Drummers, know the power you have to make the sound beautiful or brutal. Lay down your preferences (and your heavy metal cymbal set) and be a team player. You have been given incredible influence.
I get it. You want an engaging and energetic service. You don’t want to ignore the pain and depression of this world, but you don’t want to contribute to it. Musical worship takes up a significant portion of our services and sets the pace. When the Church gathers, those that are leading and the worship band should be hopeful and expectant. For the record, the Bible backs up your desire, continually telling us to worship with fervent hearts:
Psalm 100:2 Worship the LORD with gladness; come before him with joyful songs.
Somewhere along the way, many musicians in the church thought that if we desired to be “real” or “relevant”, we should only show fear, shame, or melancholy on our face! See Dan Wilt’s post on Smile. Because of this, our songs started to match our emotion – all in the name of authenticity. We watch perfectly edited mega-church videos full of exuberant congregants clapping and singing; yet, we hang our head knowing that it’s what you want, but we can’t deliver.
Many churches have a serious problem attracting and keeping volunteer musicians. Let’s face it, getting a team of musicians to show up to church and play music at 8AM on a Sunday can be a challenge. Usually there is sub-par monitoring, messy stages and lots of mind numbing songs to boot. Sometimes there are a series of unclear religious rules for stage and life we have to follow. Musicians can be under challenged or over challenged. We just can’t seem to convince people it’s worth it! For years I struggled as a worship leader making it happen every week. About 10 years ago we made some significant changes in our worship culture. Now, in our church (125-175 attendance) we have 4 bands, 4 sound techs, 6 main stage worship leaders, and waiting lists for all positions. It’s a wonderful blessing! Here are 5 quick hacks for attracting (and keeping) quality volunteer musicians at your church:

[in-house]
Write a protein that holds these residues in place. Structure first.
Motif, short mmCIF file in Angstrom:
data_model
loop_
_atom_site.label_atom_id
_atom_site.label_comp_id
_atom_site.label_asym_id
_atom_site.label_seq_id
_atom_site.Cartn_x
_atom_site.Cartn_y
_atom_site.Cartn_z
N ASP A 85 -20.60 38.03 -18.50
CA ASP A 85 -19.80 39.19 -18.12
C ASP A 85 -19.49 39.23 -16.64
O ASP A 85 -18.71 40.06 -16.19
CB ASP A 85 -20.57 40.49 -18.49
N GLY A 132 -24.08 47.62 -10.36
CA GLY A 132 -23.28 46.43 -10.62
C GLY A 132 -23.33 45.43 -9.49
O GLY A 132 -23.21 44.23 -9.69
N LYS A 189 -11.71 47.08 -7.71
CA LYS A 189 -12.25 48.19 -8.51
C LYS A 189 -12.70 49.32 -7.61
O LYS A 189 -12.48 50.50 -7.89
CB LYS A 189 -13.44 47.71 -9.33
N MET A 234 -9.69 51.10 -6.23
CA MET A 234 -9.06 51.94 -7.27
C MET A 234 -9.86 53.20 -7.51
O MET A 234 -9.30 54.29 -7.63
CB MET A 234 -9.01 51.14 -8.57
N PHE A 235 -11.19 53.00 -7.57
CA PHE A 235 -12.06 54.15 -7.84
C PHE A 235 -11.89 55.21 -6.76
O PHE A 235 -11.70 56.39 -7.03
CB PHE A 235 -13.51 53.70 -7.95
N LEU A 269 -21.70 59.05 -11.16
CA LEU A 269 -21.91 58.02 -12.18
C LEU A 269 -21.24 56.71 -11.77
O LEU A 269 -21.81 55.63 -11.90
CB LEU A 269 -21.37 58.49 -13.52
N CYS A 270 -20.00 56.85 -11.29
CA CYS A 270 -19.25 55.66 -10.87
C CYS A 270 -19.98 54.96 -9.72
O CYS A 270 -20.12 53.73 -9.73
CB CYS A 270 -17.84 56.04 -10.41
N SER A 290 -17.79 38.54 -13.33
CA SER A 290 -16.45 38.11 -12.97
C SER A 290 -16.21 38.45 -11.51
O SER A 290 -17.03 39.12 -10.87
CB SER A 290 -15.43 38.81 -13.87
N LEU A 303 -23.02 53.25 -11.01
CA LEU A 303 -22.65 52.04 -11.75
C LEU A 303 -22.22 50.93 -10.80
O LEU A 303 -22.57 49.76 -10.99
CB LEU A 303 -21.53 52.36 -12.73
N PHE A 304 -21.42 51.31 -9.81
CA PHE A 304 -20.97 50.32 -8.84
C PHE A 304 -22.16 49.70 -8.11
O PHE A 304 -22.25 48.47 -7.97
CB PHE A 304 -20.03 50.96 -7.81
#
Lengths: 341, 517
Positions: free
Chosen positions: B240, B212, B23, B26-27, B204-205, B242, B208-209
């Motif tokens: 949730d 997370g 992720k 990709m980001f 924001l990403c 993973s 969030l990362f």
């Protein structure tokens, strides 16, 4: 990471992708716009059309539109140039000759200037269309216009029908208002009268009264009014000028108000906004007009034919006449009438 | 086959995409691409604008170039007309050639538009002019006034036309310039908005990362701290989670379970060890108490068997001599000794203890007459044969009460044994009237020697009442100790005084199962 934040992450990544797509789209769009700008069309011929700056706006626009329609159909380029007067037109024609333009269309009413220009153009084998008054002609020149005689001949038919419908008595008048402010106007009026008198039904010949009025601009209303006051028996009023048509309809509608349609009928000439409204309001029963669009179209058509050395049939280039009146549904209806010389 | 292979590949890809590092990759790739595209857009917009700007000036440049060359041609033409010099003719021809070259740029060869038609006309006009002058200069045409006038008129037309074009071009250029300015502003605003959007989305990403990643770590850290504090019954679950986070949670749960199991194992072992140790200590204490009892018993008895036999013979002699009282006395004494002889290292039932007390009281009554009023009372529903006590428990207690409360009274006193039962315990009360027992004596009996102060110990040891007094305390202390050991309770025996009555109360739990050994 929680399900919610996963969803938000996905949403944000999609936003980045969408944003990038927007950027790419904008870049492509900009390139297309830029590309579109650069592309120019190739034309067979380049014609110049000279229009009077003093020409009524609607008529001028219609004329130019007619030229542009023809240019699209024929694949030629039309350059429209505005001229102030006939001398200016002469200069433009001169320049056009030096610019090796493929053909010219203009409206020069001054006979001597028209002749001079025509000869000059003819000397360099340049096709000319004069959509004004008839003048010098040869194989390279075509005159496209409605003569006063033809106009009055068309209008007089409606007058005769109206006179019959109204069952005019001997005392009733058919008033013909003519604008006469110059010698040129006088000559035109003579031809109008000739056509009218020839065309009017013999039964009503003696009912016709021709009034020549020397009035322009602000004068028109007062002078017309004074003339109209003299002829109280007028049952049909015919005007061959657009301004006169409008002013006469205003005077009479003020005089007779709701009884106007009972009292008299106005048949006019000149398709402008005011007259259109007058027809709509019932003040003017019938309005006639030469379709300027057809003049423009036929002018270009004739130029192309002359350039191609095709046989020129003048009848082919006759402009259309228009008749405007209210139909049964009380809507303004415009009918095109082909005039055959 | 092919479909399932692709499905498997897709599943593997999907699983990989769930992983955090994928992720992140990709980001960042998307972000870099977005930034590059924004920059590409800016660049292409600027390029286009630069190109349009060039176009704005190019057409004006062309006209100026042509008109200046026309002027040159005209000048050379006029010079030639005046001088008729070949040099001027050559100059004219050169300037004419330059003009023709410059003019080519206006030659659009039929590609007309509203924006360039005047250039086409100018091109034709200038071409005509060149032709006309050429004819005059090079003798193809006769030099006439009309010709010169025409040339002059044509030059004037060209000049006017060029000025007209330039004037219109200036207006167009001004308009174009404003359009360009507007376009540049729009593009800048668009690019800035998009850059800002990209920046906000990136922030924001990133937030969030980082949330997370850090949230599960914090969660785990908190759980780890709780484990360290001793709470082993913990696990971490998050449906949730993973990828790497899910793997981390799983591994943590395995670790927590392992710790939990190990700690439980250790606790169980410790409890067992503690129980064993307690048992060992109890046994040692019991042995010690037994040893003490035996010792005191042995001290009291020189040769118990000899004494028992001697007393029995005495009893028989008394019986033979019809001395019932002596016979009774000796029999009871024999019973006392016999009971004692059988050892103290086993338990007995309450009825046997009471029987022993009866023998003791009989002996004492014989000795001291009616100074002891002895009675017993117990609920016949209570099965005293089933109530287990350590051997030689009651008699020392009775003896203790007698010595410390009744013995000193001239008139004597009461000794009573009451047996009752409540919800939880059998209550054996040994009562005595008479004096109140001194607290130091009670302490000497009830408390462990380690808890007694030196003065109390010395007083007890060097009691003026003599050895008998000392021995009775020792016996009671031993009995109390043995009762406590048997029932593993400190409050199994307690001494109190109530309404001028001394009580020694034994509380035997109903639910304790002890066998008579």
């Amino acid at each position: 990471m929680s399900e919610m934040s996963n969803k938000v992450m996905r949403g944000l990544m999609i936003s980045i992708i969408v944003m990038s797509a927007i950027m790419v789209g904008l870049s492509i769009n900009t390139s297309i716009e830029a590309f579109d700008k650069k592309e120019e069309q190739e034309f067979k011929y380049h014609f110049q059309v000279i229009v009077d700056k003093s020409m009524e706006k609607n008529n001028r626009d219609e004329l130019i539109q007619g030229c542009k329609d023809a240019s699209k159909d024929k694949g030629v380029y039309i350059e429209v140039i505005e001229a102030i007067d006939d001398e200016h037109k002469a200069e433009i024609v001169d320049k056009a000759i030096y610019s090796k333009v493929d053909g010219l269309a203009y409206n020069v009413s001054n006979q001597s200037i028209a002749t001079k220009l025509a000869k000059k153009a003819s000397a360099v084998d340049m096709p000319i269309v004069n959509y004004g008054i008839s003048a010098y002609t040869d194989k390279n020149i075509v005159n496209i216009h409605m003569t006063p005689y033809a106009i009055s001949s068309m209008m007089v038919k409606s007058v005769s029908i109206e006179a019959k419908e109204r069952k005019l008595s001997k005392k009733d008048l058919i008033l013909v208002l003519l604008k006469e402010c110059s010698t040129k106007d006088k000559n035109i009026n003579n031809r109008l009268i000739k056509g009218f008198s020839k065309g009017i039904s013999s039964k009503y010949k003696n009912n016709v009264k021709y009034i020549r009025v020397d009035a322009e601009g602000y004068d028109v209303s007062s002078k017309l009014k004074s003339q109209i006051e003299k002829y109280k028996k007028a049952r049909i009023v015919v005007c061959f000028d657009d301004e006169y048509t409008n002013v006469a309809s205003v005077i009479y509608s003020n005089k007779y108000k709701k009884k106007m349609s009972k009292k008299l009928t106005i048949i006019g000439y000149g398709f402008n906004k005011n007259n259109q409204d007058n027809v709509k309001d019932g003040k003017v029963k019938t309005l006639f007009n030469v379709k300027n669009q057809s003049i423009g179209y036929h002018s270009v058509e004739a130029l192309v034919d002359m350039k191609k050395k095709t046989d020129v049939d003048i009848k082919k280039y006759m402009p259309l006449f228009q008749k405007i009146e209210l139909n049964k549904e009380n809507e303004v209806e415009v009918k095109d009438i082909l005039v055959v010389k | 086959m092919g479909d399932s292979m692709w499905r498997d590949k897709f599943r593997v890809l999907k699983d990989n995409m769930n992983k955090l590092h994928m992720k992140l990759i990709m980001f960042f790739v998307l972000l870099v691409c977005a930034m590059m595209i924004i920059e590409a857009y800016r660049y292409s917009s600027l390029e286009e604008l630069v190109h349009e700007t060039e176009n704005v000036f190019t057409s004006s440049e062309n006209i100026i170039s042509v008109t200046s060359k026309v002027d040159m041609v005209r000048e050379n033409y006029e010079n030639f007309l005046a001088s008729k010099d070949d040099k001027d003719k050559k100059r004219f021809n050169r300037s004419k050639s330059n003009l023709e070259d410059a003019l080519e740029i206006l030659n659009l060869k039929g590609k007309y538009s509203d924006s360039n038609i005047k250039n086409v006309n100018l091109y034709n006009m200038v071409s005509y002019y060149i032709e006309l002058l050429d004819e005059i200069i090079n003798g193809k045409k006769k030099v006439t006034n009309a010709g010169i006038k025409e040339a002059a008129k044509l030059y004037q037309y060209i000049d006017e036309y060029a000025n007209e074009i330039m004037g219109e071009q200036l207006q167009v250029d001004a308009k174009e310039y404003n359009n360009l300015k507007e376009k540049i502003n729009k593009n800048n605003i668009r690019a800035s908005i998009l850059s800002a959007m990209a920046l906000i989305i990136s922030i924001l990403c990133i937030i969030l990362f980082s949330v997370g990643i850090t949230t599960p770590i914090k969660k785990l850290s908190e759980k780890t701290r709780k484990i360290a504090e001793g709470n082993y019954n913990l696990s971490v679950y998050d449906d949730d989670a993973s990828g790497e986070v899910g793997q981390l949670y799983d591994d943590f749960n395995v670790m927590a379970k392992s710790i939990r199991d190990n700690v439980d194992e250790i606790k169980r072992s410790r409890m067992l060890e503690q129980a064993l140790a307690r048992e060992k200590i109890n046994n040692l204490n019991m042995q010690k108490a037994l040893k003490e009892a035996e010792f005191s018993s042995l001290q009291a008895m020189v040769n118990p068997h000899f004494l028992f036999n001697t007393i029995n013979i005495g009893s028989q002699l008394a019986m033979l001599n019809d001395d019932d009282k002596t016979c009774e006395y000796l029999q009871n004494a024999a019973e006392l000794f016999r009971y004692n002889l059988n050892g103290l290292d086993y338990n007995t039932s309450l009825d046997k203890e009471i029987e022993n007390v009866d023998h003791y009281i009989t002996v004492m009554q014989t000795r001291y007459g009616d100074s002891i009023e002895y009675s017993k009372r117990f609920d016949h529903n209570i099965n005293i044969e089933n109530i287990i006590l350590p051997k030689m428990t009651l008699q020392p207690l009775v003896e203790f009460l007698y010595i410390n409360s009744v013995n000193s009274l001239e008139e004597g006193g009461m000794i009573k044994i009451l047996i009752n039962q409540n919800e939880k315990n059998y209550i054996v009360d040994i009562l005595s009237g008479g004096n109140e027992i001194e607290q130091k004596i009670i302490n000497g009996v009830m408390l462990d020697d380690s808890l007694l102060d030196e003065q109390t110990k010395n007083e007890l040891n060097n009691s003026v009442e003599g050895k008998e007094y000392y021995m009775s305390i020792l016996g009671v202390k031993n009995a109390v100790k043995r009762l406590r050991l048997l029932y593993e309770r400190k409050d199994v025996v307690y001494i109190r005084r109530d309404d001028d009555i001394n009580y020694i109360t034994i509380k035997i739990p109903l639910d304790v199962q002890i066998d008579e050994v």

Last Monday I sent out a text to my worship team. It read as follows: “Hello Worship Team 3. This might excite some of you and bum some of you out, but I sense I am supposed to lead with one guitar and one vocal this Sunday. No band. We will resume the following week. Please come early and sing with vigor as I lead!” One by one, I heard back from my team with texts: “I’m in!”, “Sweet!” “Word” and “Praying for you”.
Our church has loads of musicians and it’s wonderful. We have an overflowing waiting list for every spot on our team! For a sanctuary that holds about 150, we have an amazing sound set up with vintage Rogers drums, Hammond Organ and top of line guitar amps. We pretend we are a much larger church when it comes to a quality live band experience. Most of our worship ministry’s 25+ musicians only play 2 out of 8 weeks. That being said, we often times intentionally dial down the production. Why?
After 18 years of leading worship for the same church (14 of those in the same building), I’ve had the privilege of over time adding some helpful tools to our setup that serve the congregation and band in simple ways. Check out these 5 simple Worship Ministry HACKS that you can do now to help your team and church engage with the Living God.